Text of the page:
Teacher of the Year
Published at Smashwords by Fario
Copyright 2011 by Fario
Professor John Newhouse paused in mid-sentence and took a quick look at his watch. The hour was up. John—he tried to make his students call him by his first name—remembered his days as a student well enough so that he couldn’t help marveling at how much shorter an hour seemed when instead of sitting at a desk listening to a boring teacher go on and on he himself was standing up and, it must be said, going on and on. Time is indeed relative, he reflected.
So much so, he thought, that he might as well finish what he was saying and pose one last vocabulary question. His passion for first-year Spanish was, after all, contagious.
“What does engañarse mean?”
Nobody said anything.
“Look at the context. Jenny?”
“To trick? To deceive?” answered a brown-haired girl in the front row.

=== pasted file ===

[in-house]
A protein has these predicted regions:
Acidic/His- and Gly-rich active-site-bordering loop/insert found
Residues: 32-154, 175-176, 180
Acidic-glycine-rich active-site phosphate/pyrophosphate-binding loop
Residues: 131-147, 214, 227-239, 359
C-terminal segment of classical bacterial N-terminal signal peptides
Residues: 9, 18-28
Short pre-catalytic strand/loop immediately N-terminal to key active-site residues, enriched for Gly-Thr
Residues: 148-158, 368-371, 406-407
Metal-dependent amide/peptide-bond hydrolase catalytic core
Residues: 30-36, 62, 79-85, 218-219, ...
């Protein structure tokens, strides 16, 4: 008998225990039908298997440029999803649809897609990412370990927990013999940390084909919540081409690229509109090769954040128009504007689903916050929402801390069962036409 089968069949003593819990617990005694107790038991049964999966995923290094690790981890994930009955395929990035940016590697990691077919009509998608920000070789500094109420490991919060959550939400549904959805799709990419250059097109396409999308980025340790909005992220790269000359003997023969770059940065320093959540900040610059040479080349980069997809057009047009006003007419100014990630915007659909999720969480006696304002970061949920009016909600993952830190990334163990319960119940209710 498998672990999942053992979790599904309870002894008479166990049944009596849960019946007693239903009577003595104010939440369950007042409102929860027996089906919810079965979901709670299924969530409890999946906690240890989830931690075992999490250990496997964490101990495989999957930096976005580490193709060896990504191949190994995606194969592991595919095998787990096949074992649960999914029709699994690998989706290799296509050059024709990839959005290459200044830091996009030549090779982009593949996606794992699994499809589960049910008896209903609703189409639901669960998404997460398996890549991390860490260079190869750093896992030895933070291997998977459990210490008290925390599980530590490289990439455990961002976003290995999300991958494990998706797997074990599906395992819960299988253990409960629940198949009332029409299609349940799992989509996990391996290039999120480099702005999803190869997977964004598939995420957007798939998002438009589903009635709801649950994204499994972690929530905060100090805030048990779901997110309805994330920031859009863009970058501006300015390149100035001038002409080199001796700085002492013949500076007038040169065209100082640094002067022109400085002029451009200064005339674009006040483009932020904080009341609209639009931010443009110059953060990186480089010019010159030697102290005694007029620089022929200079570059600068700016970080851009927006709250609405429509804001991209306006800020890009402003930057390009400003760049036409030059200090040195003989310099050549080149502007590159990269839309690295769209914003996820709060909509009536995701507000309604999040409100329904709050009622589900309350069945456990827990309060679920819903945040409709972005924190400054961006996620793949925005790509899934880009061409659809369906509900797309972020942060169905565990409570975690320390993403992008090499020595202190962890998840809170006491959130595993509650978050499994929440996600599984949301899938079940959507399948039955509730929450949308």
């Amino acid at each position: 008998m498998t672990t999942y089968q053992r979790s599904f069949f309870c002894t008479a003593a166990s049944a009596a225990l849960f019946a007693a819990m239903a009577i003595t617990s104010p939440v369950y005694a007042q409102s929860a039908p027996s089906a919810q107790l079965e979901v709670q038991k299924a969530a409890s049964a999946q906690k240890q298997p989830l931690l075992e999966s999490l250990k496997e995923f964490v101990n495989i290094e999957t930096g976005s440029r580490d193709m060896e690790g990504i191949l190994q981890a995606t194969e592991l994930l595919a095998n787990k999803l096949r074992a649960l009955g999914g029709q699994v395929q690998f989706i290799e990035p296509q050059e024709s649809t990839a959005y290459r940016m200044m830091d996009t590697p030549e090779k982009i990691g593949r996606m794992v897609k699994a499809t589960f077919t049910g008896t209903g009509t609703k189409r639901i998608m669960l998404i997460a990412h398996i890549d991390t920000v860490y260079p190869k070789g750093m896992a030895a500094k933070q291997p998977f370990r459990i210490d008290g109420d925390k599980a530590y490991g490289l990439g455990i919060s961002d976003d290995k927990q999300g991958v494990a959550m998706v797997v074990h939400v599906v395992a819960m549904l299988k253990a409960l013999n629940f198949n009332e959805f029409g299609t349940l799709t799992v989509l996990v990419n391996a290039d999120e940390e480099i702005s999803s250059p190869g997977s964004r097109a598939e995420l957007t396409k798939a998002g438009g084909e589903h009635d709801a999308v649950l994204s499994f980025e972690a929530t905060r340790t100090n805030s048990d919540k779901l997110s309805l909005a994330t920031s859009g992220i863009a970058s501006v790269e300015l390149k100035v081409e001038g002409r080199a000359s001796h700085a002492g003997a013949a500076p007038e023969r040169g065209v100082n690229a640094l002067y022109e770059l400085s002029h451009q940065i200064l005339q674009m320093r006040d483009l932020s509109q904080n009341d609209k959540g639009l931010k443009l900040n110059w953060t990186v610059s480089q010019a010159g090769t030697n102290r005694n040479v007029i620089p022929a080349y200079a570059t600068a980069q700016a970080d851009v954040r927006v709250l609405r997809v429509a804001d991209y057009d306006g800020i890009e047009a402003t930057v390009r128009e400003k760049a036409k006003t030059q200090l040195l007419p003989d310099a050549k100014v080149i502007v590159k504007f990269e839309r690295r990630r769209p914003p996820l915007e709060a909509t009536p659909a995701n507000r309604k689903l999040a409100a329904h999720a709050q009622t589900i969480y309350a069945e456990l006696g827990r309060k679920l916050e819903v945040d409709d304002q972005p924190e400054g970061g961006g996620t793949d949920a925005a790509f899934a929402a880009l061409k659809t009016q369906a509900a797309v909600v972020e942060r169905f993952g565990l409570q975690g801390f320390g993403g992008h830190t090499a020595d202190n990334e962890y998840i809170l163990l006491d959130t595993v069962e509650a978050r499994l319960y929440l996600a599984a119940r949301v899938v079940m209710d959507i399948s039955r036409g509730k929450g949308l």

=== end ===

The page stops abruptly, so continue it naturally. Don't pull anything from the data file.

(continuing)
“Good. You just about got it.” A young instructor (despite the honorific frequently bestowed upon him, he was not actually a holder of a Ph.D.), Professor John Newhouse was of the school that advocates encouraging one’s students. “But be sure to remember one thing. What do you see on the end of that infinitive?... Right. Excellent. A pronoun. What kind of pronoun? Indeed it is a reflexive pronoun. What are the other reflexive pronouns?... No, those are the object pronouns. Remember, the reflexive pronouns are me, te, se, nos, os, and se. Same as the object pronouns except in the third-person singular and plural—that is, the se is different. What then is the function of the reflexive pronoun? It shows that the subject—the actor—and the object—the recipient of the action—are one and the same. So now the precise meaning of engañarse should be clear to those of you who have followed my explanation. Have a good weekend.”